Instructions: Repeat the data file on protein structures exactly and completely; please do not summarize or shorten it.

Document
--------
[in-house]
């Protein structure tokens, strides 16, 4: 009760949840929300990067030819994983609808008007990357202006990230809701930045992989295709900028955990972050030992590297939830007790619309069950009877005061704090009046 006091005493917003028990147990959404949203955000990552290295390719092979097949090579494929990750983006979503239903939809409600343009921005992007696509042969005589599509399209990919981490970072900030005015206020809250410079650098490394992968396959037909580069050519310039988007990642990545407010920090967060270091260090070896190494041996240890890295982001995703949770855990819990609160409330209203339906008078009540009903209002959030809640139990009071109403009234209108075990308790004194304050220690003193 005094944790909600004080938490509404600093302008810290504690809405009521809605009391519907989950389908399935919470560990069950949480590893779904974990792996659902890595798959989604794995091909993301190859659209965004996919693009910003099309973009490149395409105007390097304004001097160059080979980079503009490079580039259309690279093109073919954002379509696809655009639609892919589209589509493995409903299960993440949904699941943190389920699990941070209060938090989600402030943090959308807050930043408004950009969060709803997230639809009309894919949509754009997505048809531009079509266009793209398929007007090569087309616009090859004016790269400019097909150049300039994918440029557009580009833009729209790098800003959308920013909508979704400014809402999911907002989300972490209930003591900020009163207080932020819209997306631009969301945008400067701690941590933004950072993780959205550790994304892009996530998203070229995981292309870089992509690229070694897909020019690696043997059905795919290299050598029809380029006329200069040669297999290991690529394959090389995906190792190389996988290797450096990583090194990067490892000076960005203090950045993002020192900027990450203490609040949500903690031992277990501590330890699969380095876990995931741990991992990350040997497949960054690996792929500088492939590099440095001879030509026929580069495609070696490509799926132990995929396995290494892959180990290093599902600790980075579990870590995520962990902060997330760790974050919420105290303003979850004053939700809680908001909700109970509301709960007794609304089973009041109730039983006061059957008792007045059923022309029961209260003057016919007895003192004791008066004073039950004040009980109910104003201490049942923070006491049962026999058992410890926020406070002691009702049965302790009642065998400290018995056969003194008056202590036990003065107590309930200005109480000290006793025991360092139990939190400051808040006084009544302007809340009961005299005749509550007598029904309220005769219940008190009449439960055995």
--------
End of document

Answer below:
[in-house]
């Protein structure tokens, strides 16, 4: 009760949840929300990067030819994983609808008007990357202006990230809701930045992989295709900028955990972050030992590297939830007790619309069950009877005061704090009046 006091005493917003028990147990959404949203955000990552290295390719092979097949090579494929990750983006979503239903939809409600343009921005992007696509042969005589599509399209990919981490970072900030005015206020809250410079650098490394992968396959037909580069050519310039988007990642990545407010920090967060270091260090070896190494041996240890890295982001995703949770855990819990609160409330209203339906008078009540009903209002959030809640139990009071109403009234209108075990308790004194304050220690003193 005094944790909600004080938490509404600093302008810290504690809405009521809605009391519907989950389908399935919470560990069950949480590893779904974990792996659902890595798959989604794995091909993301190859659209965004996919693009910003099309973009490149395409105007390097304004001097160059080979980079503009490079580039259309690279093109073919954002379509696809655009639609892919589209589509493995409903299960993440949904699941943190389920699990941070209060938090989600402030943090959308807050930043408004950009969060709803997230639809009309894919949509754009997505048809531009079509266009793209398929007007090569087309616009090859004016790269400019097909150049300039994918440029557009580009833009729209790098800003959308920013909508979704400014809402999911907002989300972490209930003591900020009163207080932020819209997306631009969301945008400067701690941590933004950072993780959205550790994304892009996530998203070229995981292309870089992509690229070694897909020019690696043997059905795919290299050598029809380029006329200069040669297999290991690529394959090389995906190792190389996988290797450096990583090194990067490892000076960005203090950045993002020192900027990450203490609040949500903690031992277990501590330890699969380095876990995931741990991992990350040997497949960054690996792929500088492939590099440095001879030509026929580069495609070696490509799926132990995929396995290494892959180990290093599902600790980075579990870590995520962990902060997330760790974050919420105290303003979850004053939700809680908001909700109970509301709960007794609304089973009041109730039983006061059957008792007045059923022309029961209260003057016919007895003192004791008066004073039950004040009980109910104003201490049942923070006491049962026999058992410890926020406070002691009702049965302790009642065998400290018995056969003194008056202590036990003065107590309930200005109480000290006793025991360092139990939190400051808040006084009544302007809340009961005299005749509550007598029904309220005769219940008190009449439960055995």